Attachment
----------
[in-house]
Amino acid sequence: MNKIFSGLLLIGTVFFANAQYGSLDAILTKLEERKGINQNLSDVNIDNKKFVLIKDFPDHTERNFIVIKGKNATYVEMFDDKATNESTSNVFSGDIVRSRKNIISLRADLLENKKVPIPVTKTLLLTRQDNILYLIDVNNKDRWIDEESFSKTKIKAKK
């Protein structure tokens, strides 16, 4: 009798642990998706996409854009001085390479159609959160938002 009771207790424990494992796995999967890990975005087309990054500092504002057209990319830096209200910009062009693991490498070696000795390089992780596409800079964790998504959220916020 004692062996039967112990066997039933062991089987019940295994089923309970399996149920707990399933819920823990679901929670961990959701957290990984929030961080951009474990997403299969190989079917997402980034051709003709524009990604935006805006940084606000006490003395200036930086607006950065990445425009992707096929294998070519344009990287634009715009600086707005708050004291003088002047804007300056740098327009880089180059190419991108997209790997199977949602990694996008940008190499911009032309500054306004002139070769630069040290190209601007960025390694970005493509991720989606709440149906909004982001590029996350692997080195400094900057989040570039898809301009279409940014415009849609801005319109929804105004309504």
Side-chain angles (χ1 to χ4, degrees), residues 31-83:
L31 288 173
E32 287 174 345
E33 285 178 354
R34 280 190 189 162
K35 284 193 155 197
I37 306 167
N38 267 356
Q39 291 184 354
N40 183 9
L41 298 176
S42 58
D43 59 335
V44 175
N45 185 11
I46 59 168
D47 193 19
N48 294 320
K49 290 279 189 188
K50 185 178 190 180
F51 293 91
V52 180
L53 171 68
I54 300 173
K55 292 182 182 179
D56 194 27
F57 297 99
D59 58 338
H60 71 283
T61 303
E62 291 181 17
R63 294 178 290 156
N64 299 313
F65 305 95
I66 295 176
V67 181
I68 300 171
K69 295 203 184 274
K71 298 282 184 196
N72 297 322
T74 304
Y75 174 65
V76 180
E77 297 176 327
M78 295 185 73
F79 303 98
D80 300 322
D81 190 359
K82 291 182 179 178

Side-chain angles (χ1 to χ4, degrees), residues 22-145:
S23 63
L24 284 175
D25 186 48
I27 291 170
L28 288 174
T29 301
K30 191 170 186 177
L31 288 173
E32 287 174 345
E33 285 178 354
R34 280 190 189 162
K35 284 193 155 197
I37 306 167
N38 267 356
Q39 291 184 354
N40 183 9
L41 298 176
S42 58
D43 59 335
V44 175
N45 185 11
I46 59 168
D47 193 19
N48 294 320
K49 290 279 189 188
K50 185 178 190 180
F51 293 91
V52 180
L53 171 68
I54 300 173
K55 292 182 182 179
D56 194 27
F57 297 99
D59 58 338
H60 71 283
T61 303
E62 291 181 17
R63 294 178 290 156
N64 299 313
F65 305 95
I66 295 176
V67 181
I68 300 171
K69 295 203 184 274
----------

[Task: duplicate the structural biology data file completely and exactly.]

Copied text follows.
[in-house]
Amino acid sequence: MNKIFSGLLLIGTVFFANAQYGSLDAILTKLEERKGINQNLSDVNIDNKKFVLIKDFPDHTERNFIVIKGKNATYVEMFDDKATNESTSNVFSGDIVRSRKNIISLRADLLENKKVPIPVTKTLLLTRQDNILYLIDVNNKDRWIDEESFSKTKIKAKK
């Protein structure tokens, strides 16, 4: 009798642990998706996409854009001085390479159609959160938002 009771207790424990494992796995999967890990975005087309990054500092504002057209990319830096209200910009062009693991490498070696000795390089992780596409800079964790998504959220916020 004692062996039967112990066997039933062991089987019940295994089923309970399996149920707990399933819920823990679901929670961990959701957290990984929030961080951009474990997403299969190989079917997402980034051709003709524009990604935006805006940084606000006490003395200036930086607006950065990445425009992707096929294998070519344009990287634009715009600086707005708050004291003088002047804007300056740098327009880089180059190419991108997209790997199977949602990694996008940008190499911009032309500054306004002139070769630069040290190209601007960025390694970005493509991720989606709440149906909004982001590029996350692997080195400094900057989040570039898809301009279409940014415009849609801005319109929804105004309504």
Side-chain angles (χ1 to χ4, degrees), residues 31-83:
L31 288 173
E32 287 174 345
E33 285 178 354
R34 280 190 189 162
K35 284 193 155 197
I37 306 167
N38 267 356
Q39 291 184 354
N40 183 9
L41 298 176
S42 58
D43 59 335
V44 175
N45 185 11
I46 59 168
D47 193 19
N48 294 320
K49 290 279 189 188
K50 185 178 190 180
F51 293 91
V52 180
L53 171 68
I54 300 173
K55 292 182 182 179
D56 194 27
F57 297 99
D59 58 338
H60 71 283
T61 303
E62 291 181 17
R63 294 178 290 156
N64 299 313
F65 305 95
I66 295 176
V67 181
I68 300 171
K69 295 203 184 274
K71 298 282 184 196
N72 297 322
T74 304
Y75 174 65
V76 180
E77 297 176 327
M78 295 185 73
F79 303 98
D80 300 322
D81 190 359
K82 291 182 179 178

Side-chain angles (χ1 to χ4, degrees), residues 22-145:
S23 63
L24 284 175
D25 186 48
I27 291 170
L28 288 174
T29 301
K30 191 170 186 177
L31 288 173
E32 287 174 345
E33 285 178 354
R34 280 190 189 162
K35 284 193 155 197
I37 306 167
N38 267 356
Q39 291 184 354
N40 183 9
L41 298 176
S42 58
D43 59 335
V44 175
N45 185 11
I46 59 168
D47 193 19
N48 294 320
K49 290 279 189 188
K50 185 178 190 180
F51 293 91
V52 180
L53 171 68
I54 300 173
K55 292 182 182 179
D56 194 27
F57 297 99
D59 58 338
H60 71 283
T61 303
E62 291 181 17
R63 294 178 290 156
N64 299 313
F65 305 95
I66 295 176
V67 181
I68 300 171
K69 295 203 184 274